When a novel manuscript has obvious problems, they’re, well, obvious. The overemphasis on backstory has slowed the pacing to a crawl, the POV hops from head to head, it takes three chapters for the actual story to start.
This class is about going beyond the obvious. Students should have taken at least one developmental editing course or have professional experience in developmental editing. We’ll polish our magnifying glasses and learn how to search the ms at the sentence level for clues about developmental problems. By this I don’t mean we’re going to do line editing or pretend to be copy editors. Instead, we’re going to use clues that pop up at the sentence level to understand the types of developmental problems a ms has—and to figure out the solution.
For example, an author who uses the word “because” a lot in a manuscript is likely to be overexplaining. This can lead to slow pacing, a feeling of the story being told rather than shown, and reader dissatisfaction because their role in figuring out what’s happening in the story has been stolen from them.
But be careful! The solution to a copyediting problem is often to delete or replace the problem word (or phrase/sentence). But that won’t work when you’ve tracked down a developmental problem. You have to dig a little deeper to figure out how to effectively crack the case. That’s what this class is about. This course focuses on the developmental editing of fiction.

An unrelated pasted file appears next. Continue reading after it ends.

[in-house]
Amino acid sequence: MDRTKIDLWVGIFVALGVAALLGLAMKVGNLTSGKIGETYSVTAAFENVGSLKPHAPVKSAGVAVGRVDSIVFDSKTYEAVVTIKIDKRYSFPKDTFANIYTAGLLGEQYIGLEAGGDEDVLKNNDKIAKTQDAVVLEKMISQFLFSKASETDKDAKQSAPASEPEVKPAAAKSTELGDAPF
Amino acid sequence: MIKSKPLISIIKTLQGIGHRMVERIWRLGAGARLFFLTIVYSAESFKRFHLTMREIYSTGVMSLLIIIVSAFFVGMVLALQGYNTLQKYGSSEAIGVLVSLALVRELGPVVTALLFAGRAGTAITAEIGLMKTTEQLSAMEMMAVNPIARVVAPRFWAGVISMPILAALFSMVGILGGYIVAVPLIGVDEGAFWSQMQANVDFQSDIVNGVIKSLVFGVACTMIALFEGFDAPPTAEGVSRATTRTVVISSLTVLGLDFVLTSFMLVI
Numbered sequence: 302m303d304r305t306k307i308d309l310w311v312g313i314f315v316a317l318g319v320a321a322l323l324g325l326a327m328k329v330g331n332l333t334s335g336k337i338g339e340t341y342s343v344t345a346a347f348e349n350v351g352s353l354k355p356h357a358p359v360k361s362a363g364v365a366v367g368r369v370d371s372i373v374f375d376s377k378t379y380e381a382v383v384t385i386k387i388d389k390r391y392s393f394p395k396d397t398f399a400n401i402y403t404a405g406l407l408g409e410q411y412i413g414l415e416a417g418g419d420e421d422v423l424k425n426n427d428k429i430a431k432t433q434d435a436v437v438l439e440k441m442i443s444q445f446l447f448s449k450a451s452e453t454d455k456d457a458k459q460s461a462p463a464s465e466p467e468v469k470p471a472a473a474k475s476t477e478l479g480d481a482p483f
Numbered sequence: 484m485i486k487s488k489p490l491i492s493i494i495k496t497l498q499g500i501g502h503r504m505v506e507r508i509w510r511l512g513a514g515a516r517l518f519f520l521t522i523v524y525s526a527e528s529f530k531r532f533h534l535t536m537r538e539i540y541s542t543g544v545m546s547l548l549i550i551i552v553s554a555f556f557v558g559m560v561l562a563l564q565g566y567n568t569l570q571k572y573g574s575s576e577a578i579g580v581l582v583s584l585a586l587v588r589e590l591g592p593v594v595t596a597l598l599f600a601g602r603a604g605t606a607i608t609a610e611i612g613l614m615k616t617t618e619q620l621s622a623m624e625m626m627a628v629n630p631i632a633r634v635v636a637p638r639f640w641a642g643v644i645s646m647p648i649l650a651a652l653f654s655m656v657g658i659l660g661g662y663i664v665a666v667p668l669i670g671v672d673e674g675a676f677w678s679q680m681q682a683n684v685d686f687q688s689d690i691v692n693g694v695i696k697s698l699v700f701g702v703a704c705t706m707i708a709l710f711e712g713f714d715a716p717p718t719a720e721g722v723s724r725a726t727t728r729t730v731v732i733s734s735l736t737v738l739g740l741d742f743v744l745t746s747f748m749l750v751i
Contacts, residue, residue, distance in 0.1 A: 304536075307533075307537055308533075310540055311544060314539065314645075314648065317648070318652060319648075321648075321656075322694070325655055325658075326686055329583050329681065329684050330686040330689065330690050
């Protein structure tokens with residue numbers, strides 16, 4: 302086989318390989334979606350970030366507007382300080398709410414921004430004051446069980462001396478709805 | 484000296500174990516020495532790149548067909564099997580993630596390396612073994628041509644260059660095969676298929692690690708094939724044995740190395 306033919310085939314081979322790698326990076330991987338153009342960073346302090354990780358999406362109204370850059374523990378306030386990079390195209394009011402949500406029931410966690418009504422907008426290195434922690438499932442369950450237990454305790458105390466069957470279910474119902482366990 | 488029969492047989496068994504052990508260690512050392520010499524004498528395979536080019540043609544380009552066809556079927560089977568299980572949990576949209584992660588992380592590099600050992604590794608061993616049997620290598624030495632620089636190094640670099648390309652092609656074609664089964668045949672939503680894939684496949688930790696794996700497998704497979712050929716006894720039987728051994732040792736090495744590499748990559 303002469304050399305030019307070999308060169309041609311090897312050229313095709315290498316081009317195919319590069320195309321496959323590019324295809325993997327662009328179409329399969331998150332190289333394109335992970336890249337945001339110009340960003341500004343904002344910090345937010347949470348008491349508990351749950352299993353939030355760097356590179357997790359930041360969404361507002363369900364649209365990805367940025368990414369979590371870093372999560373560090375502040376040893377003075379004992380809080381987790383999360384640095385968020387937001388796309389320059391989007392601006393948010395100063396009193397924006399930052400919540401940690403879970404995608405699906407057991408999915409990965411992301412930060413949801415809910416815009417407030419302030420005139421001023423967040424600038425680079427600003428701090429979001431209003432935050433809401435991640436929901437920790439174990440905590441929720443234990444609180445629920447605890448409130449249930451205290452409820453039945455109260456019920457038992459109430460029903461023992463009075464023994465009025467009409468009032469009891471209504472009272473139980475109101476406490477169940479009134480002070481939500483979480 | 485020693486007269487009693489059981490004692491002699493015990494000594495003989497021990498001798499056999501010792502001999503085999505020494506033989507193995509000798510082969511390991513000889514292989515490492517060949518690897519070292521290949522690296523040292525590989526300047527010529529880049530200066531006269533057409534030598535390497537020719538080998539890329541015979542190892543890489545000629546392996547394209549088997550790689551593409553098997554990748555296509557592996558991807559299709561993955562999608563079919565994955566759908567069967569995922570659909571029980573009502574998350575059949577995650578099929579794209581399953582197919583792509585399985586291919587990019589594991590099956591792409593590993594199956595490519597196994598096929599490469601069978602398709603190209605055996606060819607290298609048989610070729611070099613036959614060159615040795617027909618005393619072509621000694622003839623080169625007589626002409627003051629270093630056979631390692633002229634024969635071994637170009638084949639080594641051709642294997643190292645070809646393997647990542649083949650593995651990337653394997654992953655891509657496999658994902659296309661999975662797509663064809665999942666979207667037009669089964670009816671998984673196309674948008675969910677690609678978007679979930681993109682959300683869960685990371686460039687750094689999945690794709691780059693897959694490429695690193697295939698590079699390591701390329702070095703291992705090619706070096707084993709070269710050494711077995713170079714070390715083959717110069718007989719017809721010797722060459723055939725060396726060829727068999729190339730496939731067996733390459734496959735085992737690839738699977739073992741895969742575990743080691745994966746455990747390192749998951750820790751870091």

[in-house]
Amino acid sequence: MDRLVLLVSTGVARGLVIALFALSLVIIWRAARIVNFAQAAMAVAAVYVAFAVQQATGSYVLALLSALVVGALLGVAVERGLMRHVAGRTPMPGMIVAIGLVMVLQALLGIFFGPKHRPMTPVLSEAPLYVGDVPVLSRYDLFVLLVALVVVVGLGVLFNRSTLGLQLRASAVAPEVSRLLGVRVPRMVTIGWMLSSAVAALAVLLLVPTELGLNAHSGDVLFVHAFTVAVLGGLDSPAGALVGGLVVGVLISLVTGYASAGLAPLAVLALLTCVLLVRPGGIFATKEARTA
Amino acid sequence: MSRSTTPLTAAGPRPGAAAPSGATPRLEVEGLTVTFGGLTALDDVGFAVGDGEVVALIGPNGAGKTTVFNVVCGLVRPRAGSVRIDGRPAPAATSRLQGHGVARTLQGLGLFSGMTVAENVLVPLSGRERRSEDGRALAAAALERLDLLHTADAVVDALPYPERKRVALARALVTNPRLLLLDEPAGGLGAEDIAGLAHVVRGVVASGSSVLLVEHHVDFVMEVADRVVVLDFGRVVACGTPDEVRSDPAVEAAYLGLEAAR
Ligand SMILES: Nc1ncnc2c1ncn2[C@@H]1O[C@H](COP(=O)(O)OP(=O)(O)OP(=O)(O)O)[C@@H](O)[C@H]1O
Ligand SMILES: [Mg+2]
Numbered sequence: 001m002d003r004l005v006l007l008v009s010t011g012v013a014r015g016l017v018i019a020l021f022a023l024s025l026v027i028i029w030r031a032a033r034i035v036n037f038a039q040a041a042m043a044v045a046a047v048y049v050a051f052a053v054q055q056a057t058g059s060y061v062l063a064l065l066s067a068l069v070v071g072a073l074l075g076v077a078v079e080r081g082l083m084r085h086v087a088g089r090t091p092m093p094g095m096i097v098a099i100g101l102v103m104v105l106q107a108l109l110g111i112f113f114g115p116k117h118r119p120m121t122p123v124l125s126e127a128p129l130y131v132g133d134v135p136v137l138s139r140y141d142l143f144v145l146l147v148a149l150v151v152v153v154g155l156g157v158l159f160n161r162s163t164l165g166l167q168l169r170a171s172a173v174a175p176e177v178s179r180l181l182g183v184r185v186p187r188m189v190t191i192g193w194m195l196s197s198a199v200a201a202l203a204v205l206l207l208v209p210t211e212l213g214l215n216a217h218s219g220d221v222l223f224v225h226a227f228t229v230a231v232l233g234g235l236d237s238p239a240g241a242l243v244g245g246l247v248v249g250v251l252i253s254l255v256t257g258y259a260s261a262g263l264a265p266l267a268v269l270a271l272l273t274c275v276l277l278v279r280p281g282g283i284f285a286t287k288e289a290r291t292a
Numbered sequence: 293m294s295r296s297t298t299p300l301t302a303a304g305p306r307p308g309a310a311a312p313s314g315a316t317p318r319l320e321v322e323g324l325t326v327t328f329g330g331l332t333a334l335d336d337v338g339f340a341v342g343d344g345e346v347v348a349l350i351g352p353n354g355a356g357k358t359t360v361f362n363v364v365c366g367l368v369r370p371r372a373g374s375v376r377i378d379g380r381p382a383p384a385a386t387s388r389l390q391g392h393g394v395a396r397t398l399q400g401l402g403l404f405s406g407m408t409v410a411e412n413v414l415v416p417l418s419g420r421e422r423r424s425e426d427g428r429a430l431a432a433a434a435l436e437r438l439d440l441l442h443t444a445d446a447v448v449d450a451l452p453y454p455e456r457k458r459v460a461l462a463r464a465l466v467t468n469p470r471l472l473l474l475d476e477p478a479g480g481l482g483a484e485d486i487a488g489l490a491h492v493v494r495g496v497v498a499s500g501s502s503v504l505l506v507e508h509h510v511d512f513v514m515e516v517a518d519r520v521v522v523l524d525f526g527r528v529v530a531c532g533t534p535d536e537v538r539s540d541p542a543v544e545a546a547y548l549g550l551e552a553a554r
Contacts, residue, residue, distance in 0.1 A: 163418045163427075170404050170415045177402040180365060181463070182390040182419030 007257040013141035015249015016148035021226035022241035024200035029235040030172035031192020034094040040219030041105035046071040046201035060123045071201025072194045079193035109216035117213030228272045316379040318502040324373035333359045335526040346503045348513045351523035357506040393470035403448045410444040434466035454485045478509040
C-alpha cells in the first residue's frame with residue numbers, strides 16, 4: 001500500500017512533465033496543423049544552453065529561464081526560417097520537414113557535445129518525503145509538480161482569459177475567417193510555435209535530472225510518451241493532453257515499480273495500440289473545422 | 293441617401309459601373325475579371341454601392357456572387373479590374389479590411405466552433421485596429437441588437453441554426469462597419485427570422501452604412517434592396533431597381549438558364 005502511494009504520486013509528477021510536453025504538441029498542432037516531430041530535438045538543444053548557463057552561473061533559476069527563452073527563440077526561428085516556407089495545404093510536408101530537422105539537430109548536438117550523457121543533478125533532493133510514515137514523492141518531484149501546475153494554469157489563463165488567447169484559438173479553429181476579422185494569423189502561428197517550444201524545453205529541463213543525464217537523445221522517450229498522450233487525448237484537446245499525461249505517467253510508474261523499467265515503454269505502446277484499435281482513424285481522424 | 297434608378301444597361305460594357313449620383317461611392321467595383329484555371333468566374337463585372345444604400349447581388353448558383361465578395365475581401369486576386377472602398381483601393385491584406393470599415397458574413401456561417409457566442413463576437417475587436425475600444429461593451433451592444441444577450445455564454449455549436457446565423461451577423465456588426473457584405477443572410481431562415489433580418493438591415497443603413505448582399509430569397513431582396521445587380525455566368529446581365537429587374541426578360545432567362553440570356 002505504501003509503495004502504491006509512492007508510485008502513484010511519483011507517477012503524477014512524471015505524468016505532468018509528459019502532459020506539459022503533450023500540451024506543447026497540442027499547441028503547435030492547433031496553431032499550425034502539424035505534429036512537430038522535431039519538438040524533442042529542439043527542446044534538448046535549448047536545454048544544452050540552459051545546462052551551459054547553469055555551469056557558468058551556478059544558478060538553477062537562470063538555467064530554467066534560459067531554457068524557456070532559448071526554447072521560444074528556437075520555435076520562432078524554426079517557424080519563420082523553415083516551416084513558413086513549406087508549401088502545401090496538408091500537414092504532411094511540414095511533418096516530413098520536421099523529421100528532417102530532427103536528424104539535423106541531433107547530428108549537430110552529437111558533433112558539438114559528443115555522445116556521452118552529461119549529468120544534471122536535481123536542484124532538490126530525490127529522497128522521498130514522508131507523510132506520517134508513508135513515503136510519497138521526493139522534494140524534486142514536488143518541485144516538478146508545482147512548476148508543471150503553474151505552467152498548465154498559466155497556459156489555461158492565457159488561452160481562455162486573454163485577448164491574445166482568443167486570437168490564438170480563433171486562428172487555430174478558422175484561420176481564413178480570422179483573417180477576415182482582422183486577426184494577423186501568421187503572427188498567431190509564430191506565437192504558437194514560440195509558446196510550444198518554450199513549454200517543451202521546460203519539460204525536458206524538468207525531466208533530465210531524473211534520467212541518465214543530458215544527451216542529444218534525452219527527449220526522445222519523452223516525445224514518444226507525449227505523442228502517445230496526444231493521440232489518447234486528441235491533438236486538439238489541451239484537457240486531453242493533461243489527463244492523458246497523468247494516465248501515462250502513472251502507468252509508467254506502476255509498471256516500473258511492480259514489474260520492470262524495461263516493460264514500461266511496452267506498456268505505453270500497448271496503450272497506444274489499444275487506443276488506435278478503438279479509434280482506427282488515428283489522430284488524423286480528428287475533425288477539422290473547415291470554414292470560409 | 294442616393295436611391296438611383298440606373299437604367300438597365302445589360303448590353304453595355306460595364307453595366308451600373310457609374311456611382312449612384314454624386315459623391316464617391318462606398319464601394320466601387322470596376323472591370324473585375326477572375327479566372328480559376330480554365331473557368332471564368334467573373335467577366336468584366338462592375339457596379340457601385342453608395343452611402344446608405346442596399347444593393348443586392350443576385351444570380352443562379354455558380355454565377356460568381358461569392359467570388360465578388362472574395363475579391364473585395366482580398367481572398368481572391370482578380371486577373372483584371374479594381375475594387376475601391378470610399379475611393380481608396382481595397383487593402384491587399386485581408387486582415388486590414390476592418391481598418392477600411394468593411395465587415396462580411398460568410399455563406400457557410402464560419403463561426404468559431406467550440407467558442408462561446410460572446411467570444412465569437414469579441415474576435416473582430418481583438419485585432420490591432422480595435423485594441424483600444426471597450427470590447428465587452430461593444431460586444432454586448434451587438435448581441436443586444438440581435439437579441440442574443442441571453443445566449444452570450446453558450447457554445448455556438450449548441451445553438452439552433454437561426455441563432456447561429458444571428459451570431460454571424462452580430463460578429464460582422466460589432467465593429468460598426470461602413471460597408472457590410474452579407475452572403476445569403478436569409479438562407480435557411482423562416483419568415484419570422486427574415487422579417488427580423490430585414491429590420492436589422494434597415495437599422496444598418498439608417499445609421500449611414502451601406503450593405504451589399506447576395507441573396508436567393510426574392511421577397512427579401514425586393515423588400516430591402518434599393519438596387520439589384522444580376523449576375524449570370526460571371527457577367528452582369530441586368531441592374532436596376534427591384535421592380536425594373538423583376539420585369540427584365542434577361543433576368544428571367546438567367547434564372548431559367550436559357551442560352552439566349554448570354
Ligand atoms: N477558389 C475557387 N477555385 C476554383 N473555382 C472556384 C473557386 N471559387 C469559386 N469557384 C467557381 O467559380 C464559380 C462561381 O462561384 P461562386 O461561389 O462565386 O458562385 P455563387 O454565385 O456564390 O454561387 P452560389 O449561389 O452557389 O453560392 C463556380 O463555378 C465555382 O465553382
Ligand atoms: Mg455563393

*Note that this course will not meet during the week of American Thanksgiving (the week beginning November 25).*
Instructor Jennifer Lawler is the author or coauthor of more than 30 books, including a number of novels under various pen names. A former college English teacher—try not to hold that against her—she now works as a freelance writer and book development editor. She has worked as an acquisitions editor for a romance imprint and was once a literary agent. In her spare time, she teaches copyediting for the University of California–San Diego, even though she unfortunately lives nowhere near San Diego. She earned her PhD in medieval English literature from the University of Kansas and a black belt in Taekwondo at approximately the same time. She has not quite decided which has been more useful.
“Jennifer’s feedback was wonderful. As a freelancer I don’t get feedback often, so this was refreshing.”